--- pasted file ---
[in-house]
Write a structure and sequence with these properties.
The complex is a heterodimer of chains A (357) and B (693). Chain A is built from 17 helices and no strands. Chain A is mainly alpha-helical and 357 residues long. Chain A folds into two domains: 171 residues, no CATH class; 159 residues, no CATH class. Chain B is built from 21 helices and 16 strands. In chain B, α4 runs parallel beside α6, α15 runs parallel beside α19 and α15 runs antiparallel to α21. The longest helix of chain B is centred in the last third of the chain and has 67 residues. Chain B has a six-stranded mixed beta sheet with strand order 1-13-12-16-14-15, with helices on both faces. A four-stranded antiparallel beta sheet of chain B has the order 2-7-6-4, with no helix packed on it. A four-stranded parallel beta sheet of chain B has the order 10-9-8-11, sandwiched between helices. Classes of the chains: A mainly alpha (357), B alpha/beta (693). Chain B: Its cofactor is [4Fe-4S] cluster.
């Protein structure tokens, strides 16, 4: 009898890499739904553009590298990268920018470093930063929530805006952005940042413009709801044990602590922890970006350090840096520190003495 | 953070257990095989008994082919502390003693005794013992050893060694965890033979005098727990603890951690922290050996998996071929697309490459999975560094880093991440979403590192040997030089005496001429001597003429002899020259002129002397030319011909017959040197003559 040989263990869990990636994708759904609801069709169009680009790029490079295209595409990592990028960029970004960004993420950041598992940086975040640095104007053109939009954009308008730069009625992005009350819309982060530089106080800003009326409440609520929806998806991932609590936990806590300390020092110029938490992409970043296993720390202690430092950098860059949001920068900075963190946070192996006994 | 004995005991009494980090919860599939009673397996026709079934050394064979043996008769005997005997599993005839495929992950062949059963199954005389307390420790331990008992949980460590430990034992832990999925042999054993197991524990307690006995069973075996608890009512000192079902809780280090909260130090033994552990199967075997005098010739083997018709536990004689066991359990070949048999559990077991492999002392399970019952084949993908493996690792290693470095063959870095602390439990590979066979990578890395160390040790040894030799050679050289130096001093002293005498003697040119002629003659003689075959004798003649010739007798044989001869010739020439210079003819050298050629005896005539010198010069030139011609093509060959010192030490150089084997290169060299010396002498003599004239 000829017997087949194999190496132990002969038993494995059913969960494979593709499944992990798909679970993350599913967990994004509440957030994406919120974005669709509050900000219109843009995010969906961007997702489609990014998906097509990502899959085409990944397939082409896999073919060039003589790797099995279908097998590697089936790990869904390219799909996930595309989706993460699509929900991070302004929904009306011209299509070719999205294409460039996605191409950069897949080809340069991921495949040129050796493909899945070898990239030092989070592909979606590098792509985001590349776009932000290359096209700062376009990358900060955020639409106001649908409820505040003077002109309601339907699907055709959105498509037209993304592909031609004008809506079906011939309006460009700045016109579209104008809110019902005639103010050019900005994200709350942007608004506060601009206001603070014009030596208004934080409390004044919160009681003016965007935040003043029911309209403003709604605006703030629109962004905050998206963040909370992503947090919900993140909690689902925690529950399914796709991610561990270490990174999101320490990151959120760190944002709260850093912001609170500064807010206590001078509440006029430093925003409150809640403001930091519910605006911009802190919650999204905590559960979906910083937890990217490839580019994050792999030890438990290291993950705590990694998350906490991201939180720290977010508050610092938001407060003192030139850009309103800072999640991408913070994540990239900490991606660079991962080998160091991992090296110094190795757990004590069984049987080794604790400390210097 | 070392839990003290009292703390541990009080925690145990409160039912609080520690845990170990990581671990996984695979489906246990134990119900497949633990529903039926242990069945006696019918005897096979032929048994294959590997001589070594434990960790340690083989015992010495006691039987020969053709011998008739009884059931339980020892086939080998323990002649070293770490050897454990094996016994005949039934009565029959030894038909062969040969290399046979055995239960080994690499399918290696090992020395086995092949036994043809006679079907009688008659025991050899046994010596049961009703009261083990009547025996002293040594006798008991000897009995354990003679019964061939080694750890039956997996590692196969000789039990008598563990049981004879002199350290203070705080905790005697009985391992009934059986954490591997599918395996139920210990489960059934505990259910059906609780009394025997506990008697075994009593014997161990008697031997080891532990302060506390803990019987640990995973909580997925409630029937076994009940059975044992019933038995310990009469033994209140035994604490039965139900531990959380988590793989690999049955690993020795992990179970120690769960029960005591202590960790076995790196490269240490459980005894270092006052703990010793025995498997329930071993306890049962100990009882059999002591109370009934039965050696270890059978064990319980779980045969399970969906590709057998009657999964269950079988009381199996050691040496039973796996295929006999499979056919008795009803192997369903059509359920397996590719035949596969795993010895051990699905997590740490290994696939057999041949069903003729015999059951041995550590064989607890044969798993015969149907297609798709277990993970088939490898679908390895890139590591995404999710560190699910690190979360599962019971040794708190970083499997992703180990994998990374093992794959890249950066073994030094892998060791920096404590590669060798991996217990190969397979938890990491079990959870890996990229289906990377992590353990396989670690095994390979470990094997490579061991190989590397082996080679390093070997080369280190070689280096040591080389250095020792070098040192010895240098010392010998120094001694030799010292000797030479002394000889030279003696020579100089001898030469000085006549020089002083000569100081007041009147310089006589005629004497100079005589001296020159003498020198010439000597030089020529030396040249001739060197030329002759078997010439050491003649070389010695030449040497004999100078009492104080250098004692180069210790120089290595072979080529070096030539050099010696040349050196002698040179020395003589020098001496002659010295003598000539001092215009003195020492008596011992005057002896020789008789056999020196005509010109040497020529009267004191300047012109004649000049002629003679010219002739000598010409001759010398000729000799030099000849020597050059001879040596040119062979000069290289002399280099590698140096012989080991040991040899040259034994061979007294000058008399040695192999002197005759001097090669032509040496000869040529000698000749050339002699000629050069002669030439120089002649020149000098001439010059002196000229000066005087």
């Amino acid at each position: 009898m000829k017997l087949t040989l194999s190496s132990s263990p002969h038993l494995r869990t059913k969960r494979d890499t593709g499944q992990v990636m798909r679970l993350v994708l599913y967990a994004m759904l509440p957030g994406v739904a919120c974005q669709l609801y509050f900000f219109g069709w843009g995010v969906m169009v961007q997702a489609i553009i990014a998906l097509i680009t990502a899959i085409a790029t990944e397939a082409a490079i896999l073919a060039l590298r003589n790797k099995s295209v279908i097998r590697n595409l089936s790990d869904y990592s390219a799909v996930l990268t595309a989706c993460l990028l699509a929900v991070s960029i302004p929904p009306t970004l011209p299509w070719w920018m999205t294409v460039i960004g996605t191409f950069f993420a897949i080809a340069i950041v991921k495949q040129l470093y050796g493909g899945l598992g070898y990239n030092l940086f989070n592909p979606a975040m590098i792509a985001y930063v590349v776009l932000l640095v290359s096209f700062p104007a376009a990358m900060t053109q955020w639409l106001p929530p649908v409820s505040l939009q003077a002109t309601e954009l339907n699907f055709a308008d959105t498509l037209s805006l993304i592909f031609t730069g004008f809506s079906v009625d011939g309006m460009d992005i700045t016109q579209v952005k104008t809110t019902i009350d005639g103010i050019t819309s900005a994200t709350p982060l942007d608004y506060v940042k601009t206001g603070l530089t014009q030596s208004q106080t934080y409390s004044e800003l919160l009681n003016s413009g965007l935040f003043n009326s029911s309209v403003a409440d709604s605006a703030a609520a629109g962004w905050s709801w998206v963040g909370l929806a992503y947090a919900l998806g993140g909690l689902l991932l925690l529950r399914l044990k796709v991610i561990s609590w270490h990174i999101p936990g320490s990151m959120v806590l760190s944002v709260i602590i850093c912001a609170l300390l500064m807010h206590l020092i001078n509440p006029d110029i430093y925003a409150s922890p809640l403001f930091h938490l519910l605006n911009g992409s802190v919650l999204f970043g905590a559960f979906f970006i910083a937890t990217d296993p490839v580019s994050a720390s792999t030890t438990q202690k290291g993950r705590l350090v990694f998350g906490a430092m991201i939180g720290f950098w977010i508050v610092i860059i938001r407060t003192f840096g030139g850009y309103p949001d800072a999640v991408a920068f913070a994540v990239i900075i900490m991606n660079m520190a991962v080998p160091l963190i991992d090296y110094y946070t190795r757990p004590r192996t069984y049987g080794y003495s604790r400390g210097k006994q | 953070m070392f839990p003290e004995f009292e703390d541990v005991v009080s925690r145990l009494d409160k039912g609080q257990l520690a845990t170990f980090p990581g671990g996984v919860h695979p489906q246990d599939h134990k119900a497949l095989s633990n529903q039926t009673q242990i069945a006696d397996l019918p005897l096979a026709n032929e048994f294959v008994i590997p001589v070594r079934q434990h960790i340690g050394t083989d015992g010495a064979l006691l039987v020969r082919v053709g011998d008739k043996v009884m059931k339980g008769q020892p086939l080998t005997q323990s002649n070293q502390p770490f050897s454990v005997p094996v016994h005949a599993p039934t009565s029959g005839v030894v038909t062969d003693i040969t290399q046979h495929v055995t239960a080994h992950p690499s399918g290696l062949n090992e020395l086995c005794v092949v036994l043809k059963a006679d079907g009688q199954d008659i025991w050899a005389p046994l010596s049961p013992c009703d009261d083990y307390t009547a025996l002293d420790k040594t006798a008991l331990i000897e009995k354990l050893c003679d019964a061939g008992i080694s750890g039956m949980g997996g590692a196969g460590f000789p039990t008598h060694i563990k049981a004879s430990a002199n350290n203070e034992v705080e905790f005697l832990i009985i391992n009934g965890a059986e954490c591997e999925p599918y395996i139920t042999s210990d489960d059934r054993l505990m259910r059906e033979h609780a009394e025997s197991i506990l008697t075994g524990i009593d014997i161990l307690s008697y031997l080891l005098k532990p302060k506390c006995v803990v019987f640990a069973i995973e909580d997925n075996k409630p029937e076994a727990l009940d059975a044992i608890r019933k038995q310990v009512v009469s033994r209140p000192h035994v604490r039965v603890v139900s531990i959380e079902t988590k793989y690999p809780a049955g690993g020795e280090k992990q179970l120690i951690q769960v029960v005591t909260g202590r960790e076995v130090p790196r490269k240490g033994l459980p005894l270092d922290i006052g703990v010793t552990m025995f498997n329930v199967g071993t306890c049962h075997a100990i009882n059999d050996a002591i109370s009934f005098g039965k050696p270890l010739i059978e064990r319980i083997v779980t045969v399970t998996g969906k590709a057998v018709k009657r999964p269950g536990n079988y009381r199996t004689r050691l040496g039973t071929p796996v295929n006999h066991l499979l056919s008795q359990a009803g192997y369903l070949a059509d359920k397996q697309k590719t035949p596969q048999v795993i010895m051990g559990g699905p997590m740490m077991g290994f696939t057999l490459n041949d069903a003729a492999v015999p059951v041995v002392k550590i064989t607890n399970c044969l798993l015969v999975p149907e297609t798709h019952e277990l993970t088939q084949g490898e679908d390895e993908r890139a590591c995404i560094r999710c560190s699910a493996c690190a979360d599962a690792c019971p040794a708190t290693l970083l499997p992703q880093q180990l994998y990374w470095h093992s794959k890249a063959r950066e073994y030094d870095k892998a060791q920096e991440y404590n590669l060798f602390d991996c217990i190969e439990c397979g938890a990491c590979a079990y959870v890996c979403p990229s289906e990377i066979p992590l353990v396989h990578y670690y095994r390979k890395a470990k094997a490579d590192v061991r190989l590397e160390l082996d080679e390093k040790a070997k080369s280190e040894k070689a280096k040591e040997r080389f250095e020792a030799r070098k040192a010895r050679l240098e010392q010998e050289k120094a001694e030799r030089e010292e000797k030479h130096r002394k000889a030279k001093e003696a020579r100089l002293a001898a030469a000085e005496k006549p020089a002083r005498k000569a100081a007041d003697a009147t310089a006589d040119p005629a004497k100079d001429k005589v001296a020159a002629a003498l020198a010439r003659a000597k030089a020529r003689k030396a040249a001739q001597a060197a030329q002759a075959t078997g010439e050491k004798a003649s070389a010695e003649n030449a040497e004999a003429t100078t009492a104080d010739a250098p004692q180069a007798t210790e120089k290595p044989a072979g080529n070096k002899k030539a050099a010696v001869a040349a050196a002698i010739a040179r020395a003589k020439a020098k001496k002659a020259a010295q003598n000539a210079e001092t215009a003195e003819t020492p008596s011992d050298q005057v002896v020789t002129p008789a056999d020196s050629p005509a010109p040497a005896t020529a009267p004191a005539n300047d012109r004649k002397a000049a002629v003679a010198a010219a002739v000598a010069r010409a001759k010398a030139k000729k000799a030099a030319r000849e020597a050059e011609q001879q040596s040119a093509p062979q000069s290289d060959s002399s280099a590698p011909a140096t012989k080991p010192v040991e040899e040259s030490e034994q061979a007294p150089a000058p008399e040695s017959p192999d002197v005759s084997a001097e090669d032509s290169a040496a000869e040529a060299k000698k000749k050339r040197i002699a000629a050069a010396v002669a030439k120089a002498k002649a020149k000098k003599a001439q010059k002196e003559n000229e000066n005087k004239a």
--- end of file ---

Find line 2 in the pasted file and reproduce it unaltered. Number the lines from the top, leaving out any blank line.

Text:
Write a structure and sequence with these properties.